Thanks again for your ridiculously fast response.

Ted
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Old 02-10-2004, 03:06 PM
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dnanian dnanian is offline
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The easiest way is to ensure that the users are created in the same order when doing the initial install, if you've got > 1 user.

If you only have 1 user, it should be created with the proper UID.

To verify, go into a terminal session, switch to your home directory (which should be the default), and type:

ls -ln

You'll see something like this:

drwxr-xr-x 3 501 20 102 27 Jan 20:10 Applications


"501" is your user ID (as opposed to your user name). 501 is the "1st user" created on OS X, 502 would be the 2nd, etc.

If it's not, there are ways to change it in NetInfo, but let's not get into that now: could be messy, and you could wreck things.
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Old 02-10-2004, 03:35 PM
ted_pearlman ted_pearlman is offline
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Quote:
Originally posted by dnanian
The easiest way is to ensure that the users are created in the same order when doing the initial install, if you've got > 1 user.

If you only have 1 user, it should be created with the proper UID.

To verify, go into a terminal session, switch to your home directory (which should be the default), and type:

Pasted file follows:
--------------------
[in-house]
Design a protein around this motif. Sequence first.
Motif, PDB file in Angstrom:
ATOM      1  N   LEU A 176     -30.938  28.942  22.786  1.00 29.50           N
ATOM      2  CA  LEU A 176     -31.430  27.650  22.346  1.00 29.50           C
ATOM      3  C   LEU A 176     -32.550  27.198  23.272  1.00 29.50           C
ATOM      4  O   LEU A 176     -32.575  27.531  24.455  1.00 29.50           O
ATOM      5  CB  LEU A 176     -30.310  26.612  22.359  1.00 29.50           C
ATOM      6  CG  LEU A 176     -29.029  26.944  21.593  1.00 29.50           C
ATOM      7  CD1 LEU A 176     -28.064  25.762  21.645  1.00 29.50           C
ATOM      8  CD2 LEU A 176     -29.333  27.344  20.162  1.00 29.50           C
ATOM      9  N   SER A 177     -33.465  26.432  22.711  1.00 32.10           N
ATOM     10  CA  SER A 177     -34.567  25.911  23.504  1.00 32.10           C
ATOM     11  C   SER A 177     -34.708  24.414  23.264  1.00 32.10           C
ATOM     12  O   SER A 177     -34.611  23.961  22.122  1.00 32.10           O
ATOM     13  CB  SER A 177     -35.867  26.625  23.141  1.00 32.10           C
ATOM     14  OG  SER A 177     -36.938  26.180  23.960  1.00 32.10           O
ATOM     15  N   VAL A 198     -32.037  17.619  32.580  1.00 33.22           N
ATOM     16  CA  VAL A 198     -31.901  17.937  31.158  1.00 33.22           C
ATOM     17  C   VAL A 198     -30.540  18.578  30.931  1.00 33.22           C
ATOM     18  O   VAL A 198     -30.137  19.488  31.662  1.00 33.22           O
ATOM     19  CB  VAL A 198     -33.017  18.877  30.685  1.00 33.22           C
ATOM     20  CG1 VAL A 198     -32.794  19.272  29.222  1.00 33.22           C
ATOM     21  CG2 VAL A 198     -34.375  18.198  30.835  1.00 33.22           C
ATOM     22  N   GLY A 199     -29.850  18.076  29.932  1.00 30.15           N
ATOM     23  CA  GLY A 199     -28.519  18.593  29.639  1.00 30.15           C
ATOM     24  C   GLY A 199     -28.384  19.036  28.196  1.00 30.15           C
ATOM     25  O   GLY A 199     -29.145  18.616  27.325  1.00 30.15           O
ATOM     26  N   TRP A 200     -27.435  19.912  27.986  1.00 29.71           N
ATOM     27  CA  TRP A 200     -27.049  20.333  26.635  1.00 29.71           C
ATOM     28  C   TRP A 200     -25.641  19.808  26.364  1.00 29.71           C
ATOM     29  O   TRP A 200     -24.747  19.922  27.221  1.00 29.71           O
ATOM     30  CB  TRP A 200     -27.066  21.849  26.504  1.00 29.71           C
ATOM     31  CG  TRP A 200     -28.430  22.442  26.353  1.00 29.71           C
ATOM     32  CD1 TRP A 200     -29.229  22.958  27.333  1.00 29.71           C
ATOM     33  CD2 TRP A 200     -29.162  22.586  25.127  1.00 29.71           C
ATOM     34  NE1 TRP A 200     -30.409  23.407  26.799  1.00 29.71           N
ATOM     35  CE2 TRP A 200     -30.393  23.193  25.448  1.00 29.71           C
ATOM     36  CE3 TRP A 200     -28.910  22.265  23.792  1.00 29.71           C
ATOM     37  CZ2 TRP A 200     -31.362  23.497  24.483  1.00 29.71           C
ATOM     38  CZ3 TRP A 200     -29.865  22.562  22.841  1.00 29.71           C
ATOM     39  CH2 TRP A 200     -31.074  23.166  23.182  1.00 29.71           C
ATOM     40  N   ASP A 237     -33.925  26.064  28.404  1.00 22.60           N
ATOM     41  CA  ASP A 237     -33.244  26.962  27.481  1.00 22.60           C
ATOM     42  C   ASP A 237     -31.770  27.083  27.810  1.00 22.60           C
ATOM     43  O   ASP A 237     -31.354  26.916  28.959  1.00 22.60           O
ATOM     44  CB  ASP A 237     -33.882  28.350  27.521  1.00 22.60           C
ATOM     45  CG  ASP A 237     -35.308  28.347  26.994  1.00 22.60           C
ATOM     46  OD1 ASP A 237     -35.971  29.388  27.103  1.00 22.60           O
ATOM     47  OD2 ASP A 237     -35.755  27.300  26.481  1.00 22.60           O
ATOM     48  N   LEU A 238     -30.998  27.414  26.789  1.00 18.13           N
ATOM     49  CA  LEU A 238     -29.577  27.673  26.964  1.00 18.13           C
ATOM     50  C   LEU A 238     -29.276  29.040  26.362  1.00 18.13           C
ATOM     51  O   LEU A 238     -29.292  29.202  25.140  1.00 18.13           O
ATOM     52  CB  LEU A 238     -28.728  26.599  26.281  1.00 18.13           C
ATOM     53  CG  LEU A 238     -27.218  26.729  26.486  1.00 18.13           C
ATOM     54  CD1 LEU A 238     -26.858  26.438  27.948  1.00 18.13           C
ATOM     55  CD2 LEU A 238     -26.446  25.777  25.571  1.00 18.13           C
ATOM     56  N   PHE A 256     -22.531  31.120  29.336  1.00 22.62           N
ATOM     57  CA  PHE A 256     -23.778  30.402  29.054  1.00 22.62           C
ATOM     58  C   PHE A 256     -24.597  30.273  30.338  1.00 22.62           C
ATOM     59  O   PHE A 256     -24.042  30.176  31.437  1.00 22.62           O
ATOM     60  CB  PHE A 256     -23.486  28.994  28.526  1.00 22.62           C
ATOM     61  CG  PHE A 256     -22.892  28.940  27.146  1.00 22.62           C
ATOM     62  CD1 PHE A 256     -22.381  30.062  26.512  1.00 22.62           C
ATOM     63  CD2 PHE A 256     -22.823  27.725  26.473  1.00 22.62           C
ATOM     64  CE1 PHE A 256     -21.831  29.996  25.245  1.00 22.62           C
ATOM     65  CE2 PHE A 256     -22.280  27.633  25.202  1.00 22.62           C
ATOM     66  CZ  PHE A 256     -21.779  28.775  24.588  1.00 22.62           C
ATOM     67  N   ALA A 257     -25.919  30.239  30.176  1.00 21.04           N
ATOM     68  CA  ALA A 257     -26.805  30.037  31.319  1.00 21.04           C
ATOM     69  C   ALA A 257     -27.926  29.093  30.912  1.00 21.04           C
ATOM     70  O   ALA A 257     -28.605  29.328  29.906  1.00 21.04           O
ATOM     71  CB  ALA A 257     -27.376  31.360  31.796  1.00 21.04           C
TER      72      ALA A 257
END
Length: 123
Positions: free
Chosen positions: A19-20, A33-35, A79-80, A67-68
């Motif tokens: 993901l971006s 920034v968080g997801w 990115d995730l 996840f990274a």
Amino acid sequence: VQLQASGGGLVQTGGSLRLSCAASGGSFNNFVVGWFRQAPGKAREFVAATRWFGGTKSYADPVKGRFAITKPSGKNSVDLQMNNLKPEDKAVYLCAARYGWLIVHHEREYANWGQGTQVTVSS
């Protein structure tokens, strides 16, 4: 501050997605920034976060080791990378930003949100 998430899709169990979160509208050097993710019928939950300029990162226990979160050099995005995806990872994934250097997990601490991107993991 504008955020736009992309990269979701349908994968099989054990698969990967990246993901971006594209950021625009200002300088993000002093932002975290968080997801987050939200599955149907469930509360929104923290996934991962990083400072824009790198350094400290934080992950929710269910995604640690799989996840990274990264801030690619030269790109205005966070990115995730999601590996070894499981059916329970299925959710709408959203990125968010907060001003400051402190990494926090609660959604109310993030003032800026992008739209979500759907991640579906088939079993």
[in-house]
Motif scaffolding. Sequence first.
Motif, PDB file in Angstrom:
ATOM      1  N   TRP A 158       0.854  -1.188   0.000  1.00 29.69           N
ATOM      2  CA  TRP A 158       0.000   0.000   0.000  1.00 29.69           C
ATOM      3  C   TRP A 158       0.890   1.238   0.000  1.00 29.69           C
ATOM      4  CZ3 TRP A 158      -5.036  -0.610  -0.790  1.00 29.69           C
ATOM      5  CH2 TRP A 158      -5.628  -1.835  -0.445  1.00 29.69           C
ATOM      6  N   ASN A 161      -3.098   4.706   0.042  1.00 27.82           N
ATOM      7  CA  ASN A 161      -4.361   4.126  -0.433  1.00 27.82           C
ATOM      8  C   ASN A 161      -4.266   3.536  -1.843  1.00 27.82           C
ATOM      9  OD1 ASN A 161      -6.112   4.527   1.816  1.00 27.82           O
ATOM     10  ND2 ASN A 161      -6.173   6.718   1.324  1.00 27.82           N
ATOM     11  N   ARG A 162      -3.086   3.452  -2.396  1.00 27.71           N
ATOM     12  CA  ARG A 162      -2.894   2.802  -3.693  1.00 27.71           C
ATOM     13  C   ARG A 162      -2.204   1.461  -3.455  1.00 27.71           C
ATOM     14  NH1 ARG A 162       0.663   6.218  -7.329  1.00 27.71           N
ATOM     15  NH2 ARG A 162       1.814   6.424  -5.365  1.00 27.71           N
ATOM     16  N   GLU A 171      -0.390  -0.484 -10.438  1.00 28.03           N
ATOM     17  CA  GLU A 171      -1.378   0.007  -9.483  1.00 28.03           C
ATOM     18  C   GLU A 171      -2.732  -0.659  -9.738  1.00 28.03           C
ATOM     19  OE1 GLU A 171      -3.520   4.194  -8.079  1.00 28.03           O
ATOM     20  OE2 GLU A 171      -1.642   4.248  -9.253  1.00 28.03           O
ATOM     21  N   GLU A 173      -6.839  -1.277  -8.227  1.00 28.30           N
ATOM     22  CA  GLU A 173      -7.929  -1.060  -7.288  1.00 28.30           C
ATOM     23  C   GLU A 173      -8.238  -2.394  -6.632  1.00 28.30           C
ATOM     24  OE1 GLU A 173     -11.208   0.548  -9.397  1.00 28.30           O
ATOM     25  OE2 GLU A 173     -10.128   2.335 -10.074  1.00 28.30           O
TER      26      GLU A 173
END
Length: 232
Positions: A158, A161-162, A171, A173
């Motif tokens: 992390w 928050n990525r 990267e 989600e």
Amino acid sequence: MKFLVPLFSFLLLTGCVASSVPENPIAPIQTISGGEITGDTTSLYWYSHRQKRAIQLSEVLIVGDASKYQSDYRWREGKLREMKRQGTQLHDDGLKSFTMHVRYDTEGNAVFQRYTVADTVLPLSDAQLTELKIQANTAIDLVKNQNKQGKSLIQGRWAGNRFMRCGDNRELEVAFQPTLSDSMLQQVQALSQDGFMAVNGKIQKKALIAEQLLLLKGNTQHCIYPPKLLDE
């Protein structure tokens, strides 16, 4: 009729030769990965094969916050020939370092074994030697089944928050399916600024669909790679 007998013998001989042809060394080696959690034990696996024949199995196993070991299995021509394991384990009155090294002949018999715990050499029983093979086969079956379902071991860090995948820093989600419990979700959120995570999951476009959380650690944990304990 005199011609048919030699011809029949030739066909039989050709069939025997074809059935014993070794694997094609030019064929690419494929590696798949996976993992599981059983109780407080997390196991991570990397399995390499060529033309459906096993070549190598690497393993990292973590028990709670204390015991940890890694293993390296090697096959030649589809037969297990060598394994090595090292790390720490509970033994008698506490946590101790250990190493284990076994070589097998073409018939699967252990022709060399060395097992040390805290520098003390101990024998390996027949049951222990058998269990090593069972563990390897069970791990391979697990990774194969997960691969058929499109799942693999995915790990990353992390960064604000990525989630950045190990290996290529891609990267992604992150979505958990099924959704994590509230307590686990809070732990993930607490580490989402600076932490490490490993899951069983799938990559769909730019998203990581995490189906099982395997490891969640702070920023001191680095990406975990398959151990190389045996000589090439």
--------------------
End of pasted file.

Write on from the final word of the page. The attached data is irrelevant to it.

ls -ln

You'll see something like this:

drwxr-xr-x 3 501 20 102 27 Jan 20:10 Applications


"501" is your user ID (as opposed to your user name). 501 is the "1st user" created on OS X, 502 would be the 2nd, etc.

If it's not, there are ways to change it in NetInfo, but let's not get into that now: could be messy, and you could wreck things.
Perfect, Dave. My ID is 501. Changing my user ID NAME (for ex: "ted" to "teddy") can cause problems too, though? If not with SD, then possibly with other applications, even if the ID # per above is the same?

Ted
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  #8  
Old 02-10-2004, 04:21 PM
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dnanian dnanian is offline
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Well, it won't cause problems with permissions, but it could cause other problems, yes...

I suggest using the same user name across all your systems, if possible...